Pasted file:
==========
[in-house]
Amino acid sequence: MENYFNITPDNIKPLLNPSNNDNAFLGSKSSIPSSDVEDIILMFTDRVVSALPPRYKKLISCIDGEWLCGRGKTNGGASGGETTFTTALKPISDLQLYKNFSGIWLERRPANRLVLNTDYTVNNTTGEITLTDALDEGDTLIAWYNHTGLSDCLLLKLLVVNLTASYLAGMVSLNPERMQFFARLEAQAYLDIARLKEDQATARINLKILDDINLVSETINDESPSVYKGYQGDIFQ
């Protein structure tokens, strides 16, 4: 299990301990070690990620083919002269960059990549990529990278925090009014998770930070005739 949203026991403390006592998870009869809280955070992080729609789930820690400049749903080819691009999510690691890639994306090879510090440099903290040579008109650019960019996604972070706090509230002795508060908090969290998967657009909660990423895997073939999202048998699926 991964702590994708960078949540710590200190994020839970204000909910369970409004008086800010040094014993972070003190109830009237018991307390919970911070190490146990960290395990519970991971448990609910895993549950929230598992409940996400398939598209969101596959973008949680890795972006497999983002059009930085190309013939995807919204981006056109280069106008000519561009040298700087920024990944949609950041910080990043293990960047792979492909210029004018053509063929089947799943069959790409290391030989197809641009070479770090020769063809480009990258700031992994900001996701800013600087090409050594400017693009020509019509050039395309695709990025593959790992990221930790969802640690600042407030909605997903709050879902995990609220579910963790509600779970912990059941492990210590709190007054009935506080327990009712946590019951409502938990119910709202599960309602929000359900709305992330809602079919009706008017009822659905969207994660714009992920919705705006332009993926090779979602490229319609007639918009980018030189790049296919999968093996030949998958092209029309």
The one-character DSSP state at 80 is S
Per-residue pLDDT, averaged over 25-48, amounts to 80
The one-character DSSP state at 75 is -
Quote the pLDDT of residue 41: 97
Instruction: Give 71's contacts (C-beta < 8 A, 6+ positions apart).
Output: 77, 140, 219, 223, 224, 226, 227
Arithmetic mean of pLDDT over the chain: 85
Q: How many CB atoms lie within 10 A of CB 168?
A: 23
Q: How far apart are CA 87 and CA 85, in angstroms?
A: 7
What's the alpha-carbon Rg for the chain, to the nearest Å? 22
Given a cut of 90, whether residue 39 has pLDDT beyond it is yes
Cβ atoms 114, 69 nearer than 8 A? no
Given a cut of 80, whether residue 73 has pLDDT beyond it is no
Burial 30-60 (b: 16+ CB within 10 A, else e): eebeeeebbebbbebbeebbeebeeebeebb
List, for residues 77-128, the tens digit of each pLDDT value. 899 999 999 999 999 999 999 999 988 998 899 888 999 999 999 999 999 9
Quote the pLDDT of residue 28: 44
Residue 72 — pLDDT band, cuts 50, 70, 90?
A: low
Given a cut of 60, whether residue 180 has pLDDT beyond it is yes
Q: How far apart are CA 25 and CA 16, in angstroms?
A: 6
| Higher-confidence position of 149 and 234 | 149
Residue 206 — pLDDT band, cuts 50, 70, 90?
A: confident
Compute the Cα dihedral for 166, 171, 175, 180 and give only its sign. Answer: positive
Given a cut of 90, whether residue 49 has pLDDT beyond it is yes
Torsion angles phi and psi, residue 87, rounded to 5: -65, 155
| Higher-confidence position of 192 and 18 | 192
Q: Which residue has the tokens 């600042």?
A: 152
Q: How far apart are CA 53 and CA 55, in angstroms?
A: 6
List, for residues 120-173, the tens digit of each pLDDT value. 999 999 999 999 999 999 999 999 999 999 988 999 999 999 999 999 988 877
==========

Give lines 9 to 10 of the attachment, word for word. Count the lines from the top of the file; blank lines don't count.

Output: 77, 140, 219, 223, 224, 226, 227
Arithmetic mean of pLDDT over the chain: 85